Slider Pines' songwriter Joey Shanks claims to
have written Road Avenue Railroad while moving back and
forth between Dallas and Memphis, and there's a distinctly unsettled
feeling running through these 11 tracks. Shanks appears to have
learned well his lessons in rock & roll sarcasm. Nick Lowe
once sang, "I love the sound of breaking glass," which
makes boy-girl arguments sound not so bad after all. With "The
Art Of Falling Down," Shanks sings, "It's such a beautiful
sound/The art of falling down." But before reaching the chorus,
he fills his verses with admonitions, such as getting prepared
with the best helmet you can find, before artfully tripping all
over yourself. Much like any good novelist, Shanks also knows
his way around creating a musical narrative. He gets specific
with towns and cities along his lyrical travelogue, notably with
one titled "Bluffs Of Riverton", which is followed by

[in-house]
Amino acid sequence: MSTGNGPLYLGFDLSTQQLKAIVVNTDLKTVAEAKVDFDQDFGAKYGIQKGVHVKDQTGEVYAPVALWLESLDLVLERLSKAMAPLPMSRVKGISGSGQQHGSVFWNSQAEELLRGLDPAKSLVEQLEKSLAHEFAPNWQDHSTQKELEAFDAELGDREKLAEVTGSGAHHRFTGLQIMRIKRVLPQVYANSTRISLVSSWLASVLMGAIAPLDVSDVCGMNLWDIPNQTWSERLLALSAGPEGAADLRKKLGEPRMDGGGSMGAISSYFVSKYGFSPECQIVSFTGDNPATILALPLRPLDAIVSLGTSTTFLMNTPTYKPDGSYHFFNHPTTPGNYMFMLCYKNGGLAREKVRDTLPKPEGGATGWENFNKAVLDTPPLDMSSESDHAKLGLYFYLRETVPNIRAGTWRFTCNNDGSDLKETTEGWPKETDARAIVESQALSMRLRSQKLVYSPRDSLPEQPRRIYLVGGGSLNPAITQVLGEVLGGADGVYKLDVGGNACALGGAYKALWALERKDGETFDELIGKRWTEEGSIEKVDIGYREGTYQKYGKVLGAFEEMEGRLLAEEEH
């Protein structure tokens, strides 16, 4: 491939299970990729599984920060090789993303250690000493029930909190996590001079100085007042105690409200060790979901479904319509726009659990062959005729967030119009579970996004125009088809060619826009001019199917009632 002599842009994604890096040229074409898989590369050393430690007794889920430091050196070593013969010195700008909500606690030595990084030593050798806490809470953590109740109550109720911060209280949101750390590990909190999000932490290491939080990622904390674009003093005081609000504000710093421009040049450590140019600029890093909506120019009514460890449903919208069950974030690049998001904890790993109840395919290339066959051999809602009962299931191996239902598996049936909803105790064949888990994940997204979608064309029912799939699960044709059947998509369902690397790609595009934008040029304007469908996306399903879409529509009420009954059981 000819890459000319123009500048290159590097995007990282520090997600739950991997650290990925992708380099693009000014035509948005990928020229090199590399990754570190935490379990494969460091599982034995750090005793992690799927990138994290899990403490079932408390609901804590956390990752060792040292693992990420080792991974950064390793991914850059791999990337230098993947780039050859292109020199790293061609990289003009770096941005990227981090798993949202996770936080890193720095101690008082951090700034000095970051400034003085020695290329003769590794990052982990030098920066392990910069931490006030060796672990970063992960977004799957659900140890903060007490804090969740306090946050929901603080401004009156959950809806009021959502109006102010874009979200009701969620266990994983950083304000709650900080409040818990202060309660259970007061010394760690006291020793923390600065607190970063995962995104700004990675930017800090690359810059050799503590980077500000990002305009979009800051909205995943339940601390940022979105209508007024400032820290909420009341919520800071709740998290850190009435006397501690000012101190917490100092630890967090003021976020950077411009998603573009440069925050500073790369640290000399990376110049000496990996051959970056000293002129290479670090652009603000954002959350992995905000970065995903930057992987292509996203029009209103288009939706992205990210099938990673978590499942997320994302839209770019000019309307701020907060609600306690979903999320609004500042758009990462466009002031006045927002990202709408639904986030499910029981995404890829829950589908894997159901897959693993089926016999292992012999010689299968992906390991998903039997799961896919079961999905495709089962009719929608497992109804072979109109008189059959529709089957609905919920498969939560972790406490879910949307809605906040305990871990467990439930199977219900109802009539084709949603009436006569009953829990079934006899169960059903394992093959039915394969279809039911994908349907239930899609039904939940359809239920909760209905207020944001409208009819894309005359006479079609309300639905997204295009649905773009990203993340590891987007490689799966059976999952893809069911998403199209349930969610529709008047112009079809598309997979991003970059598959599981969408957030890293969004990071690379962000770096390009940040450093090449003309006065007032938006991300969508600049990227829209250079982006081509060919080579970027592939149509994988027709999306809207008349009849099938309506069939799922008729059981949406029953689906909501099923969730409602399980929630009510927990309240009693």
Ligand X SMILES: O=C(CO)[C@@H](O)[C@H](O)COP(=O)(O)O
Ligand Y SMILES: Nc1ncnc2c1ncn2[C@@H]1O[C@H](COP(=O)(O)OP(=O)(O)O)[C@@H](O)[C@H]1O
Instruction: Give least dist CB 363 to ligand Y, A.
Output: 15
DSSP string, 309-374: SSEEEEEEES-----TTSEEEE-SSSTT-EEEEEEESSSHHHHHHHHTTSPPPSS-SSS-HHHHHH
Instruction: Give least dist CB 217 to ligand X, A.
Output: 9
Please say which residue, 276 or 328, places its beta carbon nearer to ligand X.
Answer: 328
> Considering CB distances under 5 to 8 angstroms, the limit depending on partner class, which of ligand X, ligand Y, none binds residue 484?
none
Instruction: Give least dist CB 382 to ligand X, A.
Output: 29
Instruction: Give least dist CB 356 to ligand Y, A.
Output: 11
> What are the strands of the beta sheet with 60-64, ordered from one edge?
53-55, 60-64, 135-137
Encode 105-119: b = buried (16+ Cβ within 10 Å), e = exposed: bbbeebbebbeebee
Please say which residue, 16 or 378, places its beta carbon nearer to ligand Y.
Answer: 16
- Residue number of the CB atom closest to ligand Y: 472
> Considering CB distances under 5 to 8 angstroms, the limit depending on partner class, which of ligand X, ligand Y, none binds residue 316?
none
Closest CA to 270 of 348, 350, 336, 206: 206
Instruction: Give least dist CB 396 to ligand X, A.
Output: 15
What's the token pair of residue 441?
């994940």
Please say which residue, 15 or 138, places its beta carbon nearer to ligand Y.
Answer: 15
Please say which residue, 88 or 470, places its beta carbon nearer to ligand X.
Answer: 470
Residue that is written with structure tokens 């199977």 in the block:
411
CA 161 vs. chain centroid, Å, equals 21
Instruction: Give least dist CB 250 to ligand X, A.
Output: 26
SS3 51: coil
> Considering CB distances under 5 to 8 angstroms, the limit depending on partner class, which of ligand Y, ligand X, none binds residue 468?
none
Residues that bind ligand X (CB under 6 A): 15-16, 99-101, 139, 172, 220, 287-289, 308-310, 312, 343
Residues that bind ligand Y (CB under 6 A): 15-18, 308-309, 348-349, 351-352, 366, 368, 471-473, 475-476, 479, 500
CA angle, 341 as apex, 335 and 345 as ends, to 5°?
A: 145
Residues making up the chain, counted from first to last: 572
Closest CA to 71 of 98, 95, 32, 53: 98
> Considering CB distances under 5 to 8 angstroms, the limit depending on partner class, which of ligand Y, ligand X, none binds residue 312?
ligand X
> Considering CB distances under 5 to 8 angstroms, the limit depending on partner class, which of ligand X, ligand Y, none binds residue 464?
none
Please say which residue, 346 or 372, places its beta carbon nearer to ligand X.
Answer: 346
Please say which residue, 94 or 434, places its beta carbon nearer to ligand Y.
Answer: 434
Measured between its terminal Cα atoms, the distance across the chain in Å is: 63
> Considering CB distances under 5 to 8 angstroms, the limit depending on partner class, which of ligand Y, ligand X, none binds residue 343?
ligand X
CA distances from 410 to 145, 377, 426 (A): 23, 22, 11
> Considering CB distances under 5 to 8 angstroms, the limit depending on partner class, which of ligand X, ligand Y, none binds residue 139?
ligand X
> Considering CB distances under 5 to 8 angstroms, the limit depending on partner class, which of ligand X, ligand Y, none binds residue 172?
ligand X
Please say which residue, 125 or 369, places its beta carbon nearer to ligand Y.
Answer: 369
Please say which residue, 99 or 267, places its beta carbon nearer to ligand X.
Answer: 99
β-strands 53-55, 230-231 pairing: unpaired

"The Memphis Hack".
This CD closes with "Visitor At Your Grave", which
sounds on the surface like another one of those depressing Morrissey
laments. But surprisingly, it's not nearly as morbid as it seems.
Shanks sings about his imagined devotion to a girl; one he aspires
to spend a lifetime with. If he realizes this dream he says, "I
won't be just a visitor to your grave."
Slider Pines is a smart rock band that incorporates hints of
alt.country, without actually sounding country at all. Instead,
this trio knows how to slip in the best bits of American music
without ever becoming typecast by any particular genre.
I have no idea where Slider Pines is, but if it's hiding any
more music like Road Avenue Railroad, then doggone it,
I want to get there soon.
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